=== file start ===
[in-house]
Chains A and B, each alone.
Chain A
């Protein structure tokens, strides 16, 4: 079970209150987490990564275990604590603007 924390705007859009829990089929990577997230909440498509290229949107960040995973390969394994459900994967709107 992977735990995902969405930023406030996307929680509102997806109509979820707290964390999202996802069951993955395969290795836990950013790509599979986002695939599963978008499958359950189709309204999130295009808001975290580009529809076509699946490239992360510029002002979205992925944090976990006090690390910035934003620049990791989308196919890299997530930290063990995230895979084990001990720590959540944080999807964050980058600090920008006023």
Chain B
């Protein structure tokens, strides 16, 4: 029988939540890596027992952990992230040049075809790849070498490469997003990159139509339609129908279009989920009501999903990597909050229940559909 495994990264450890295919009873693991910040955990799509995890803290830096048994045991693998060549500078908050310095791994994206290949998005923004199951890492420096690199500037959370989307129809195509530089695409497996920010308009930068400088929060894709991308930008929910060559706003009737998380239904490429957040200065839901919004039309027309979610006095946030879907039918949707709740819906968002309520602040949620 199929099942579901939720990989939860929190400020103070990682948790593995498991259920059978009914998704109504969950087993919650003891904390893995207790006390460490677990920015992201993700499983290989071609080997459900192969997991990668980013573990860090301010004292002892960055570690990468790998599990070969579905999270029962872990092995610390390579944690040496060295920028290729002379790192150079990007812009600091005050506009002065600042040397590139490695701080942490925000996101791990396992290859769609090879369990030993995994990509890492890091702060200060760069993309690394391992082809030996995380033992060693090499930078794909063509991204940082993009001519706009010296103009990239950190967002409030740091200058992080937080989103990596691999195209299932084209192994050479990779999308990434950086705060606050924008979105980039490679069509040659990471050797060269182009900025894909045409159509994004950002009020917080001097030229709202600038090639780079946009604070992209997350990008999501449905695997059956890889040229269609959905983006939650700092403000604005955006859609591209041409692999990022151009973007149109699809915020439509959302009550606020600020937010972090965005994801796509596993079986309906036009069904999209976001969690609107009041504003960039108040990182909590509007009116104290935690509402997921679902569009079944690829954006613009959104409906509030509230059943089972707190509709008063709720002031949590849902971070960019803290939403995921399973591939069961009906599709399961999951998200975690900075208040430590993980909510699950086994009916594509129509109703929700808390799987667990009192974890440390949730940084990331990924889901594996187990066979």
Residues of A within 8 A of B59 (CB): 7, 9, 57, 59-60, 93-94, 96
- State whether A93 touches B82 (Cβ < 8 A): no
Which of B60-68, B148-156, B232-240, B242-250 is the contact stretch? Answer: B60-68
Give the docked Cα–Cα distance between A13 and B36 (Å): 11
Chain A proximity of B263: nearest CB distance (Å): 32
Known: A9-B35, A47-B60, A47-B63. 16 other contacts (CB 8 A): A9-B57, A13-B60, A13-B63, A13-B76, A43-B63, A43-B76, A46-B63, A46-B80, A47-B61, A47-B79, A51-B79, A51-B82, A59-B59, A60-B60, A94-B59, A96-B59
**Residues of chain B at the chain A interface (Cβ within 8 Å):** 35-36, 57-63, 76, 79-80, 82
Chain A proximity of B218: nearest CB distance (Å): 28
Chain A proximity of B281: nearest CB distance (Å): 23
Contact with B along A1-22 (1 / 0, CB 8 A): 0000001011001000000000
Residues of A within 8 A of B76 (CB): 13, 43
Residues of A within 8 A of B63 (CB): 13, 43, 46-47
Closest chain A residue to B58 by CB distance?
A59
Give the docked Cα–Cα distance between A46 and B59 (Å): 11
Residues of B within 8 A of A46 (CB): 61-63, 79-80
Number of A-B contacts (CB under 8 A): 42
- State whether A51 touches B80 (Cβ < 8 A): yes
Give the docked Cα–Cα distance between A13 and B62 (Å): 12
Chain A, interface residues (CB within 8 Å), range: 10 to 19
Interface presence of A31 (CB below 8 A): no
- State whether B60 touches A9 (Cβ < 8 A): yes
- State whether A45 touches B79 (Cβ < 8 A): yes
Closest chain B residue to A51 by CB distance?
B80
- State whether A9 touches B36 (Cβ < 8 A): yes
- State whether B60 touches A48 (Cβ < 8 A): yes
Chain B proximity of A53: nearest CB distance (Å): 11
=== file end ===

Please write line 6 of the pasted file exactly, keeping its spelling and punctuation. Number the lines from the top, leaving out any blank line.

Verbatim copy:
């Protein structure tokens, strides 16, 4: 029988939540890596027992952990992230040049075809790849070498490469997003990159139509339609129908279009989920009501999903990597909050229940559909 495994990264450890295919009873693991910040955990799509995890803290830096048994045991693998060549500078908050310095791994994206290949998005923004199951890492420096690199500037959370989307129809195509530089695409497996920010308009930068400088929060894709991308930008929910060559706003009737998380239904490429957040200065839901919004039309027309979610006095946030879907039918949707709740819906968002309520602040949620 199929099942579901939720990989939860929190400020103070990682948790593995498991259920059978009914998704109504969950087993919650003891904390893995207790006390460490677990920015992201993700499983290989071609080997459900192969997991990668980013573990860090301010004292002892960055570690990468790998599990070969579905999270029962872990092995610390390579944690040496060295920028290729002379790192150079990007812009600091005050506009002065600042040397590139490695701080942490925000996101791990396992290859769609090879369990030993995994990509890492890091702060200060760069993309690394391992082809030996995380033992060693090499930078794909063509991204940082993009001519706009010296103009990239950190967002409030740091200058992080937080989103990596691999195209299932084209192994050479990779999308990434950086705060606050924008979105980039490679069509040659990471050797060269182009900025894909045409159509994004950002009020917080001097030229709202600038090639780079946009604070992209997350990008999501449905695997059956890889040229269609959905983006939650700092403000604005955006859609591209041409692999990022151009973007149109699809915020439509959302009550606020600020937010972090965005994801796509596993079986309906036009069904999209976001969690609107009041504003960039108040990182909590509007009116104290935690509402997921679902569009079944690829954006613009959104409906509030509230059943089972707190509709008063709720002031949590849902971070960019803290939403995921399973591939069961009906599709399961999951998200975690900075208040430590993980909510699950086994009916594509129509109703929700808390799987667990009192974890440390949730940084990331990924889901594996187990066979």